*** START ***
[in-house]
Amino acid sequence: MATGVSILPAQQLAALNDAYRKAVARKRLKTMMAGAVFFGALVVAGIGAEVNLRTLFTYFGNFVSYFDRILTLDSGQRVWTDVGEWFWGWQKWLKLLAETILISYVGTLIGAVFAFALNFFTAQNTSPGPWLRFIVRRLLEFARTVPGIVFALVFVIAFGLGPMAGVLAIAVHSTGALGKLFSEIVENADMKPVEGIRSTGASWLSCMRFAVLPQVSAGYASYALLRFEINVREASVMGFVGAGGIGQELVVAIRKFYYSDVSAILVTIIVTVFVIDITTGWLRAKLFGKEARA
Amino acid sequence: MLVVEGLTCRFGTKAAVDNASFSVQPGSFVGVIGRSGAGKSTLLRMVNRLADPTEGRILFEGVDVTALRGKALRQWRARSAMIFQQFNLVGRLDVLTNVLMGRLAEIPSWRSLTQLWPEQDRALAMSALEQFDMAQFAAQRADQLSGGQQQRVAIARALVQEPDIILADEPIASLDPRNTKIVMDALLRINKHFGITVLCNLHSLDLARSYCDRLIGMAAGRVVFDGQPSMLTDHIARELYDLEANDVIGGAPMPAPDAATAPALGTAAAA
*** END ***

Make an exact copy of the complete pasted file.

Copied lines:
[in-house]
Amino acid sequence: MATGVSILPAQQLAALNDAYRKAVARKRLKTMMAGAVFFGALVVAGIGAEVNLRTLFTYFGNFVSYFDRILTLDSGQRVWTDVGEWFWGWQKWLKLLAETILISYVGTLIGAVFAFALNFFTAQNTSPGPWLRFIVRRLLEFARTVPGIVFALVFVIAFGLGPMAGVLAIAVHSTGALGKLFSEIVENADMKPVEGIRSTGASWLSCMRFAVLPQVSAGYASYALLRFEINVREASVMGFVGAGGIGQELVVAIRKFYYSDVSAILVTIIVTVFVIDITTGWLRAKLFGKEARA
Amino acid sequence: MLVVEGLTCRFGTKAAVDNASFSVQPGSFVGVIGRSGAGKSTLLRMVNRLADPTEGRILFEGVDVTALRGKALRQWRARSAMIFQQFNLVGRLDVLTNVLMGRLAEIPSWRSLTQLWPEQDRALAMSALEQFDMAQFAAQRADQLSGGQQQRVAIARALVQEPDIILADEPIASLDPRNTKIVMDALLRINKHFGITVLCNLHSLDLARSYCDRLIGMAAGRVVFDGQPSMLTDHIARELYDLEANDVIGGAPMPAPDAATAPALGTAAAA